I'm a die-hard fan of the Nigeria Super Eagles. This name is associated with the senior Football players that represent the Nigerian state at sporting events and competitions. Yes, I am and I will always be a fan. When Nigeria thrashed the Cameroon national team on September 1, 2017, by four goals to nil, it was a very proud and euphoric moment for me. To football loving Nigerians this was extraordinary since the Eagles rarely ever win and certainly not by such a flattering score. This was very much the case before Gernot Rohr, our current coach came on board.

What did they say?

I had enthusiastically hurried back to the internet to read follow-up comments on how well our national team players performed. You could see different kinds of comments. The optimistic, believed the Eagles have been syringed back to life, that its only a matter of time before our dearest Super Eagles are back to the pinnacle of world football. The pessimistic, on the other hand, laughed it off. They chose to believe it was merely a one-off. "They will be back to their usual escapades in no time," one fellow said. I enjoyed them, smiling and laughing intermediately as I read through as many comments as I could.

Just when I was about calling it a day on the internet, I stumbled on one irritating comment that was just so irrelevant.

Here, this bloke chose to forget about the players, the coach and virtually everything that went on, on the field of play and instead dwelt on something that is of no use and has no place whatsoever in the game - ethnicity!

You could see his feeble and desperate attempt to outline all twenty-three Eagles in camp with their corresponding ethnic groupings.

And from what he came up with conclusively, one could see that the bulk of these Super Eagles players were Igbo-oriented. By that, I mean, Nigerians that speak Igbo as their first language. Brazenly, he finalized "up Biafra!" What a shame that was. Absolutely tragic. Only strange people would think of something like ethnicity in such a joyous and fun-filled moment like we had.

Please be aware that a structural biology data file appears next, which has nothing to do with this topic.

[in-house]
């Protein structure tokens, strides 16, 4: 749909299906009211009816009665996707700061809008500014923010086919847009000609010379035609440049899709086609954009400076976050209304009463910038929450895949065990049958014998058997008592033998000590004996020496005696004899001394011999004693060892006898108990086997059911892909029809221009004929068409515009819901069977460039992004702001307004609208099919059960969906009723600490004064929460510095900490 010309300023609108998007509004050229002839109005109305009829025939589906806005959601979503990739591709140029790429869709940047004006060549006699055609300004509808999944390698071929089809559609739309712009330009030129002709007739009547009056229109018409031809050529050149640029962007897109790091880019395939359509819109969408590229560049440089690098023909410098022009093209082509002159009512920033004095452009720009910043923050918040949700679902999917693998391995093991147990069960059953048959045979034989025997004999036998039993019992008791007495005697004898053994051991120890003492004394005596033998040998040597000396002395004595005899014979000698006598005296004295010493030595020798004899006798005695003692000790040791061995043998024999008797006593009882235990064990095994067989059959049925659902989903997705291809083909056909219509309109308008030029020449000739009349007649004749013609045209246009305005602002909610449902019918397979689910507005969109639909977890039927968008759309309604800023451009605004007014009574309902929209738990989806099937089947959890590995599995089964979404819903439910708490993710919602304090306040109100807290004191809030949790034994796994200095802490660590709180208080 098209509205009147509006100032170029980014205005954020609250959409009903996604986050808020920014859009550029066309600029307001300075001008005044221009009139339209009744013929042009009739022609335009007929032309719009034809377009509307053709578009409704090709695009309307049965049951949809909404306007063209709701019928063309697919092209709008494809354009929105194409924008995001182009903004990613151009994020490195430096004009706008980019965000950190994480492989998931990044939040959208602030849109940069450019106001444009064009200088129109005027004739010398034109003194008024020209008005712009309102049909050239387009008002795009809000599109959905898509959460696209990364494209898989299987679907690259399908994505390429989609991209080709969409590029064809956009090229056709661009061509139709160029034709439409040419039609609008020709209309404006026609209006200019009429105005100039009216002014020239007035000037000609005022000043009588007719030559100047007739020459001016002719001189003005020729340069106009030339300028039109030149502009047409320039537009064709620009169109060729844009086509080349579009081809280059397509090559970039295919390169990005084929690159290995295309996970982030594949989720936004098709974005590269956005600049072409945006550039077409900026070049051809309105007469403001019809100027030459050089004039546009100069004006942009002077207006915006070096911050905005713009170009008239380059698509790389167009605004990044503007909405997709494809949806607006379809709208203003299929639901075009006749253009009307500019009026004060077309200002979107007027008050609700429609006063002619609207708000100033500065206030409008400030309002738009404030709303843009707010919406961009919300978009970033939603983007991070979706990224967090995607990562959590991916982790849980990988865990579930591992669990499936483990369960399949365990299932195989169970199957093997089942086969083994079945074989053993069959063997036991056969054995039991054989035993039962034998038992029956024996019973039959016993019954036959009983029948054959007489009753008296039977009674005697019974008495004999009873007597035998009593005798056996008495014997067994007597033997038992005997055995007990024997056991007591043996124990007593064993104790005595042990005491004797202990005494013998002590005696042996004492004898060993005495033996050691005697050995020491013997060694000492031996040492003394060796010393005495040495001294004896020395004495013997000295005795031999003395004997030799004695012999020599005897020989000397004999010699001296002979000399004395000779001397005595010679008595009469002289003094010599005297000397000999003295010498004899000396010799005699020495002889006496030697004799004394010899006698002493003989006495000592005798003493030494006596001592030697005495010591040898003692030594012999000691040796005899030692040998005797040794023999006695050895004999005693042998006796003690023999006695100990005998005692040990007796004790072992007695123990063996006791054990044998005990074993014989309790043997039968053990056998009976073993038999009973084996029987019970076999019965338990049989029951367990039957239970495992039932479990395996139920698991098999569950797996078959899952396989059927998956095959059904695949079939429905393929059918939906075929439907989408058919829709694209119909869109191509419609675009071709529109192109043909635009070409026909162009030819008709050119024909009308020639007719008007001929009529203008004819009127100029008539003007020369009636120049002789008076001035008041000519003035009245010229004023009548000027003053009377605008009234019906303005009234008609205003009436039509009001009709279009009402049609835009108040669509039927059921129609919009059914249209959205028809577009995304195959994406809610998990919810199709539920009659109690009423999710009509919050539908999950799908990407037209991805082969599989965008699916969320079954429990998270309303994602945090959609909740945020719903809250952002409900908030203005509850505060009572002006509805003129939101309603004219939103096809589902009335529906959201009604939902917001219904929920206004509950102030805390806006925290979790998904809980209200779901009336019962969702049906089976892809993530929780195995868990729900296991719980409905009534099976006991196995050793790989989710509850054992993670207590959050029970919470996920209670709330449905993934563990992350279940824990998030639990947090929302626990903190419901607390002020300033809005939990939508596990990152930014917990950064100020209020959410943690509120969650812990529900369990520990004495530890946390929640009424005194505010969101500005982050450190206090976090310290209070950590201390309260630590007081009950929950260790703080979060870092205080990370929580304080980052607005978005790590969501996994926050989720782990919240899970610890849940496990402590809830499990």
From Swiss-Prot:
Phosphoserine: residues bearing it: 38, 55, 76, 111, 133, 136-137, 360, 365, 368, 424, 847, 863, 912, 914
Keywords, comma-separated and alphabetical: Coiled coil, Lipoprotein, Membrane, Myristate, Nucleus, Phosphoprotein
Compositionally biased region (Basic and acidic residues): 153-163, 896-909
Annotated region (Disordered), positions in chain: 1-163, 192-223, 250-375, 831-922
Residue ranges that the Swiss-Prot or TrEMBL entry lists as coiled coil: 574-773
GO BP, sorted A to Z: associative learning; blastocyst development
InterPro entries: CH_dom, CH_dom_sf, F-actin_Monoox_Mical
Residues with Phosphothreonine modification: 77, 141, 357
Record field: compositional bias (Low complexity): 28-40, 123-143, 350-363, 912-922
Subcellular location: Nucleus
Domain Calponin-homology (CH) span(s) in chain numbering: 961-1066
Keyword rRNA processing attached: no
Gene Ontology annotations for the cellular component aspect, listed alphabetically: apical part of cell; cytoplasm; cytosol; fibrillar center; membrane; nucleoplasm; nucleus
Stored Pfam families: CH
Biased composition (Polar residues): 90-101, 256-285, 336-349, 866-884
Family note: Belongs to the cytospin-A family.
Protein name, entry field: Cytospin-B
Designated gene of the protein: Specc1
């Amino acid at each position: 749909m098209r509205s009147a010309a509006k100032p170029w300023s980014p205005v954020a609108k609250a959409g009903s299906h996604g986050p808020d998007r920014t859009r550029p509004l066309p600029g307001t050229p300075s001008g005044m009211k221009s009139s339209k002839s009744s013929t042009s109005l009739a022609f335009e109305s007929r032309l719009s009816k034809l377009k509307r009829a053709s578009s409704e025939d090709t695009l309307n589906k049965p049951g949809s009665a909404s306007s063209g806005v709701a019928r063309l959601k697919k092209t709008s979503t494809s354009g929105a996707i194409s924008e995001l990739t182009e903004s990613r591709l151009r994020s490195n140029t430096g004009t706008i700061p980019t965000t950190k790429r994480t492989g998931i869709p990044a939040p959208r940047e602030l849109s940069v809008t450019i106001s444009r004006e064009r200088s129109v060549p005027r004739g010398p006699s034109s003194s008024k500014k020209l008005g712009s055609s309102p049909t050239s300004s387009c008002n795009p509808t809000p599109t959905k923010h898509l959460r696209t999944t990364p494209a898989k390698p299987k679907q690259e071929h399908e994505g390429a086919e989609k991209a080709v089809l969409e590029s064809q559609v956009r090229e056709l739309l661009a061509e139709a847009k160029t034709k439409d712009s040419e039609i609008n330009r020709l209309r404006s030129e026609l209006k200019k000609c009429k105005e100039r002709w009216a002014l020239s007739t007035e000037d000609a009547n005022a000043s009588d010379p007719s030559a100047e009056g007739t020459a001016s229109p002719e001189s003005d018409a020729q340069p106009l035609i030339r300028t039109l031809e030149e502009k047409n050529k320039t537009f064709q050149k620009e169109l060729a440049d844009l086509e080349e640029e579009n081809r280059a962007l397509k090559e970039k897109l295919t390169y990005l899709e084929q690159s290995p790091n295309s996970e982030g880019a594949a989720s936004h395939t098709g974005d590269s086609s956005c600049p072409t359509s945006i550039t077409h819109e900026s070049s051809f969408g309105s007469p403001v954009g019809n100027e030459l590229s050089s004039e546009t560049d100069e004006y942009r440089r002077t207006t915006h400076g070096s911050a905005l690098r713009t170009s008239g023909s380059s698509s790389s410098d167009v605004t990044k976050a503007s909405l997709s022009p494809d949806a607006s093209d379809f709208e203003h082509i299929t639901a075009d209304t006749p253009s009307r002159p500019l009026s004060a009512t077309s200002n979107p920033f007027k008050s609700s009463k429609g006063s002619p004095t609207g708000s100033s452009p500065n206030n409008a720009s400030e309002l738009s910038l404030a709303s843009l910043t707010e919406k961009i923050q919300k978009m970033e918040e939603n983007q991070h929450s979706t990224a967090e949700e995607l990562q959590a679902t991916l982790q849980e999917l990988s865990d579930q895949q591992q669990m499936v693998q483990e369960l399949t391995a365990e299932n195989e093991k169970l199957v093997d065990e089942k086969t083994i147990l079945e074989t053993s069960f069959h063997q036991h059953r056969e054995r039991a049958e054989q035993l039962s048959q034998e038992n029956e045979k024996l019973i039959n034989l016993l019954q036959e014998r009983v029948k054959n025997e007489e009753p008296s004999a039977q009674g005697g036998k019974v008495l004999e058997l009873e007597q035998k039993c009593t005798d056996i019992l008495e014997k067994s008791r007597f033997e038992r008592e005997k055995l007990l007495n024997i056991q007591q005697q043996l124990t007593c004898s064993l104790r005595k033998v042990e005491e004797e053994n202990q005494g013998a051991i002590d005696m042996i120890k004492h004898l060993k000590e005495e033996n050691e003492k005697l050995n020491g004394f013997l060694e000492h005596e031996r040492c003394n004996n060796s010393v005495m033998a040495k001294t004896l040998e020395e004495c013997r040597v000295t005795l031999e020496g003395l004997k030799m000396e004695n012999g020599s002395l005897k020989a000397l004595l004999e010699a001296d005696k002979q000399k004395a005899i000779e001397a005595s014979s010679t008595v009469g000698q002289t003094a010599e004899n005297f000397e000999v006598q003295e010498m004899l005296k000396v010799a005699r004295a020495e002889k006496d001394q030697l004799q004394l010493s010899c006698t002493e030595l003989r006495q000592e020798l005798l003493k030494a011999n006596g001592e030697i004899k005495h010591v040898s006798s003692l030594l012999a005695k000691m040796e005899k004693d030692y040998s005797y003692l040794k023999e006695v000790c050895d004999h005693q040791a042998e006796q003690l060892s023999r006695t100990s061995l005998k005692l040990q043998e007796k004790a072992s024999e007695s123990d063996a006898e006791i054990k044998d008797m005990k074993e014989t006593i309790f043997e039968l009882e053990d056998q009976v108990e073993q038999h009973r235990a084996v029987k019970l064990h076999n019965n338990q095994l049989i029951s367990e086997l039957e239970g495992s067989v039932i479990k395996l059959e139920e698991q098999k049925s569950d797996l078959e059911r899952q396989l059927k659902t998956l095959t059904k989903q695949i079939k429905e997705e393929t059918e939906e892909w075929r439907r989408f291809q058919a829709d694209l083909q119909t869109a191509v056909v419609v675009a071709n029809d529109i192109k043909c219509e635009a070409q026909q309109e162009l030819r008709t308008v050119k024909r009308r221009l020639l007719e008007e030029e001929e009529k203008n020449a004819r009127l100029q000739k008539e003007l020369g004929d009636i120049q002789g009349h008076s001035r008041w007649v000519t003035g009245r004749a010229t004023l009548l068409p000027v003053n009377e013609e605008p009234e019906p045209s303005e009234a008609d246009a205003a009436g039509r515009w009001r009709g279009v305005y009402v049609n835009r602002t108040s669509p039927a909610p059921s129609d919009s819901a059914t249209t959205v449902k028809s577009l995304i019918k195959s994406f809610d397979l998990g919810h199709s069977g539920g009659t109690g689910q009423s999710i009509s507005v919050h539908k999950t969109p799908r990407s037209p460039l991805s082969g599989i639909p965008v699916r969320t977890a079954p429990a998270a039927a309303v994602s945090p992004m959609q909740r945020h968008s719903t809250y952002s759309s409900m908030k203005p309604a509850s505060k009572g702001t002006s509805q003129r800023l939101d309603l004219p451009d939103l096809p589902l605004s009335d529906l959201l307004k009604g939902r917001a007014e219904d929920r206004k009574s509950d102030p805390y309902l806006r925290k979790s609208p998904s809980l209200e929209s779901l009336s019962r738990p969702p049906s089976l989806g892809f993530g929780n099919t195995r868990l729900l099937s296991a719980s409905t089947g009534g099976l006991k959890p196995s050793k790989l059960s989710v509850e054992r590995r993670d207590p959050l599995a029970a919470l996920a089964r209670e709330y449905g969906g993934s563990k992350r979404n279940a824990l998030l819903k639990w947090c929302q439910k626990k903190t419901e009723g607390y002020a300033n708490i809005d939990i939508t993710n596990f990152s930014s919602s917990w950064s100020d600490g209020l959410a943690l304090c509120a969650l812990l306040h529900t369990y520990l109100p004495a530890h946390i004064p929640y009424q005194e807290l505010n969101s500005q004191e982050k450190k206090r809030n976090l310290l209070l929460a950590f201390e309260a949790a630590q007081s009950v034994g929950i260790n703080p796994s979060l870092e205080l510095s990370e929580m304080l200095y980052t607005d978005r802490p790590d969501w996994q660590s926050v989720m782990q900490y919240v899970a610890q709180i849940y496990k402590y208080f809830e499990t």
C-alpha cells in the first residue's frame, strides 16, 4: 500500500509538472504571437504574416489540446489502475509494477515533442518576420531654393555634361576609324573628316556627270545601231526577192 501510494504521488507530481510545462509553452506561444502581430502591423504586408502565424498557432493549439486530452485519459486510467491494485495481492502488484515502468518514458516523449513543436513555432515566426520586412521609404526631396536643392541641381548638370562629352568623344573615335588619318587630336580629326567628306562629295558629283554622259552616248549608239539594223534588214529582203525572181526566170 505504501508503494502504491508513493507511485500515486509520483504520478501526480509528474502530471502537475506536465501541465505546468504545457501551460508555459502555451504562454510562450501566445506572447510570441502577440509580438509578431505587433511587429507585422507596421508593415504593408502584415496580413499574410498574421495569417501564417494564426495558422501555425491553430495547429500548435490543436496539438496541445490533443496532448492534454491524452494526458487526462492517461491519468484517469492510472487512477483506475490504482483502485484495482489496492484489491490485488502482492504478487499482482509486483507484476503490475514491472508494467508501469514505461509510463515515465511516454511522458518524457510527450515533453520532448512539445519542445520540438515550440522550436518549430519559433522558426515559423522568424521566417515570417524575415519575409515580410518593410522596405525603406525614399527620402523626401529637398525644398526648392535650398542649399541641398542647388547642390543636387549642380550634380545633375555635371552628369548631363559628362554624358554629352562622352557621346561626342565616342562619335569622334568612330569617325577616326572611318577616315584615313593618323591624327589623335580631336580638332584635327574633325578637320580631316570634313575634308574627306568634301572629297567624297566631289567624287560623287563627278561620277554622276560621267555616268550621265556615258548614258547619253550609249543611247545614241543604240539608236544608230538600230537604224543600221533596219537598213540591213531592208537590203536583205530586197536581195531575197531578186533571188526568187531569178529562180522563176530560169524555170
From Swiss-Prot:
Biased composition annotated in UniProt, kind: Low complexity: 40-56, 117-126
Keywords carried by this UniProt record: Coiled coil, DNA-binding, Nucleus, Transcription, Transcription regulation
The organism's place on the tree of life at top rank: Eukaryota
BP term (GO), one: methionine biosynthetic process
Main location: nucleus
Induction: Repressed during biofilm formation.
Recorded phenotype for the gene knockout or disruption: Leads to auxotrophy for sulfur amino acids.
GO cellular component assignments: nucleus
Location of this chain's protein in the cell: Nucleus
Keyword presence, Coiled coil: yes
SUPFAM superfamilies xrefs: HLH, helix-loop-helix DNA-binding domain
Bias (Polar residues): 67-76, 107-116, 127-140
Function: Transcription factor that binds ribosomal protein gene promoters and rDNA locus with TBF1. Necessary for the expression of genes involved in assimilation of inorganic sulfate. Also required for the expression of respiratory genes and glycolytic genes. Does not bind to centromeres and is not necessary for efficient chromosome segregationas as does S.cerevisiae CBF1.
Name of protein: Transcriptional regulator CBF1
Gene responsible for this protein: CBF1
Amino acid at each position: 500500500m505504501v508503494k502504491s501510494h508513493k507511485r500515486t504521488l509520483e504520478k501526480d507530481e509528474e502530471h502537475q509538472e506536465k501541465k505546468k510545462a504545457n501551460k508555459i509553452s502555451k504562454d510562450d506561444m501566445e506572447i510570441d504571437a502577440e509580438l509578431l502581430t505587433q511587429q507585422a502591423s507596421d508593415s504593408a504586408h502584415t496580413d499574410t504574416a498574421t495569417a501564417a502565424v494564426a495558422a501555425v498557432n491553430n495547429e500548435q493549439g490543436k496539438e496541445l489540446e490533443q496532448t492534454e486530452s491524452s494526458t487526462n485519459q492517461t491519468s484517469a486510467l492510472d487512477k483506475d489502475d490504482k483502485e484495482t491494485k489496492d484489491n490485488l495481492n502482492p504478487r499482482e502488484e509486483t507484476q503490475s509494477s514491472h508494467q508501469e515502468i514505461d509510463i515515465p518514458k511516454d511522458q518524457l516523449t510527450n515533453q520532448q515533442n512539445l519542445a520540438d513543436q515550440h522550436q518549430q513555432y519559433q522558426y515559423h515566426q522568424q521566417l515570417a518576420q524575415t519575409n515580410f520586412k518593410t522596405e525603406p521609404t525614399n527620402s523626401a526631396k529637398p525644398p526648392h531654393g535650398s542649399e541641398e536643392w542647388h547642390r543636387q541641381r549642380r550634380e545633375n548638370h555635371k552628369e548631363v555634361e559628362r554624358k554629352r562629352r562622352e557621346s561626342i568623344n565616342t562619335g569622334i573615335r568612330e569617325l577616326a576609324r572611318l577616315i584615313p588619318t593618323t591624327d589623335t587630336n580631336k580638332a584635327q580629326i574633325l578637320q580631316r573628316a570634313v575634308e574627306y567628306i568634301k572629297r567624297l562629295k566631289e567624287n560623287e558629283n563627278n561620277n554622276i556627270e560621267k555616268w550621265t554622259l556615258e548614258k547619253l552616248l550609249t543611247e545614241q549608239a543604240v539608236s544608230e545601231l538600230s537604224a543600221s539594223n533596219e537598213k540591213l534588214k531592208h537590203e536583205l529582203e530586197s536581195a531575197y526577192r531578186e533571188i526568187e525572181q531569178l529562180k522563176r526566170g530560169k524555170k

A rethink

Well, at a second look at it, one could see the point he was trying to stress. The "Biafrans," actually make or/and take the largest fraction of the Eagles squad. But why is this so? Why does one group of people have to overpopulate the national team and in almost absolute subjugation of other groupings? Paul Adujie had this to say on the same subject in his article "Federal Character and Quota System in Nigeria" that; "...it is important, particularly, in a plural society such as Nigeria, that all citizens feel a sense of equal voice, equal representation, and equal participation. No citizen or group of citizens should feel marginalized."

In other words, in a democratic state as Nigeria's, the rule of law ought to prevail.

No single homogeneous group of people should be made to feel they are intrinsically more capable than another. As such, in a multi-ethnic, multicultural and multilingual state as Nigeria, equal chance and opportunity should be the watchword. Our national team deserves the best out there and therefore to ensure we have nothing short of that - the administrative bodies should do away with favoritism and preferential treatment that defies every sense of rationality.

This is even more conspicuous in our political sphere and the society at large where such is the order of the day. Every nook and cranny of this country should be combed thoroughly in search of raw talent and not ethnically a selective few.

Our diversities are blessings and should be properly engaged and made use of. Football competitions should be from the grassroots levels, where talents are collected, groomed and showcased to the world. In whatever disguise it comes, let us rise as citizens of Nigeria and say "No" to the quota system in football and the Nigerian state at large.